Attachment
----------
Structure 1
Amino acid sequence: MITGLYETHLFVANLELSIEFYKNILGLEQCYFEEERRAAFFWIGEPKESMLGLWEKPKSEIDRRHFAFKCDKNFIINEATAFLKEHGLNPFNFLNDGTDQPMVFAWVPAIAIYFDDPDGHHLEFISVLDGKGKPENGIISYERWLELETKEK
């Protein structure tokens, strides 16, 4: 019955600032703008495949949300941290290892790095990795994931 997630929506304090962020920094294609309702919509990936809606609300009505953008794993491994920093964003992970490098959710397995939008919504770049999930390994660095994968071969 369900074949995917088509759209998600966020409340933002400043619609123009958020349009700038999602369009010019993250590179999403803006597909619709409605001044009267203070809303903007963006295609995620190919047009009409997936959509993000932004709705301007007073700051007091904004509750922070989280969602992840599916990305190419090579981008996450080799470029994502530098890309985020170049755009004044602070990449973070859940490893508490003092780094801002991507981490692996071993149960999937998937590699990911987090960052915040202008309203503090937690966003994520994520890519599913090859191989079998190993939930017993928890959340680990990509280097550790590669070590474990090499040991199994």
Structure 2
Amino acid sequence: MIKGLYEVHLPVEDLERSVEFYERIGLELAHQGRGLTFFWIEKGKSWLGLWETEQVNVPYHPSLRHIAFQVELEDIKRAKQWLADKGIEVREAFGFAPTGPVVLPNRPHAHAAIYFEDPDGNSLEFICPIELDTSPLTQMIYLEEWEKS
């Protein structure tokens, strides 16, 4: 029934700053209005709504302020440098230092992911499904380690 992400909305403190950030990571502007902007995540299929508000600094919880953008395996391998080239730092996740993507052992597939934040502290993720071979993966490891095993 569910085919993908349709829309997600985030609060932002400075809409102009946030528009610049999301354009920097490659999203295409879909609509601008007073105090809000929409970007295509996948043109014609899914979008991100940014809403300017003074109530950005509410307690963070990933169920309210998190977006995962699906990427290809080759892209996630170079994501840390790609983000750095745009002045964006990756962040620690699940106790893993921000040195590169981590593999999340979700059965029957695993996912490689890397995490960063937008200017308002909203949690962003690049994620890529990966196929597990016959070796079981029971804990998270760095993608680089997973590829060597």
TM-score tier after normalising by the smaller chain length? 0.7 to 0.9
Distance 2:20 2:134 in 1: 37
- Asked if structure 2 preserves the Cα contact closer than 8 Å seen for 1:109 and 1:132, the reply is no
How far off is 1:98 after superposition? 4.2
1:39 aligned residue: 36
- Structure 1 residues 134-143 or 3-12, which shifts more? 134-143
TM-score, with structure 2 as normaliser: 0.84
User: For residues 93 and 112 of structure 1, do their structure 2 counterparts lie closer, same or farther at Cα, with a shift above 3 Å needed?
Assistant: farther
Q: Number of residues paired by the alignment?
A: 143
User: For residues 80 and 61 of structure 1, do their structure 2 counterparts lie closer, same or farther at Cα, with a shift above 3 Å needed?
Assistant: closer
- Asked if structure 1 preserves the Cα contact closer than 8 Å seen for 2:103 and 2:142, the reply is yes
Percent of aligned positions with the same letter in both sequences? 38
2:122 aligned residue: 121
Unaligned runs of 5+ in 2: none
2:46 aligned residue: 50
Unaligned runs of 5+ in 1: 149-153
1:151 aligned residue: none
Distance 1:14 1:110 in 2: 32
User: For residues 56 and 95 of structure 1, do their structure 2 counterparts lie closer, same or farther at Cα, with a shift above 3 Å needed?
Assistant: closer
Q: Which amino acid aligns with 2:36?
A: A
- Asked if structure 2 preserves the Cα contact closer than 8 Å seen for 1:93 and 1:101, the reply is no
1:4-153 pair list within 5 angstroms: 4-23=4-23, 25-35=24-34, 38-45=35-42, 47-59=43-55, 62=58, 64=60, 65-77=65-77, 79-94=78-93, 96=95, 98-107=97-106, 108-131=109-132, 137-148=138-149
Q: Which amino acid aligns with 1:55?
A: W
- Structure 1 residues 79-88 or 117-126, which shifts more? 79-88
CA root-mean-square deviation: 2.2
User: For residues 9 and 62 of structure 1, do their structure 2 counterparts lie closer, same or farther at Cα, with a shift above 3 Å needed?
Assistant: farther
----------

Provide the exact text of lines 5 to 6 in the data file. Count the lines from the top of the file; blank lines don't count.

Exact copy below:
Amino acid sequence: MIKGLYEVHLPVEDLERSVEFYERIGLELAHQGRGLTFFWIEKGKSWLGLWETEQVNVPYHPSLRHIAFQVELEDIKRAKQWLADKGIEVREAFGFAPTGPVVLPNRPHAHAAIYFEDPDGNSLEFICPIELDTSPLTQMIYLEEWEKS
């Protein structure tokens, strides 16, 4: 029934700053209005709504302020440098230092992911499904380690 992400909305403190950030990571502007902007995540299929508000600094919880953008395996391998080239730092996740993507052992597939934040502290993720071979993966490891095993 569910085919993908349709829309997600985030609060932002400075809409102009946030528009610049999301354009920097490659999203295409879909609509601008007073105090809000929409970007295509996948043109014609899914979008991100940014809403300017003074109530950005509410307690963070990933169920309210998190977006995962699906990427290809080759892209996630170079994501840390790609983000750095745009002045964006990756962040620690699940106790893993921000040195590169981590593999999340979700059965029957695993996912490689890397995490960063937008200017308002909203949690962003690049994620890529990966196929597990016959070796079981029971804990998270760095993608680089997973590829060597």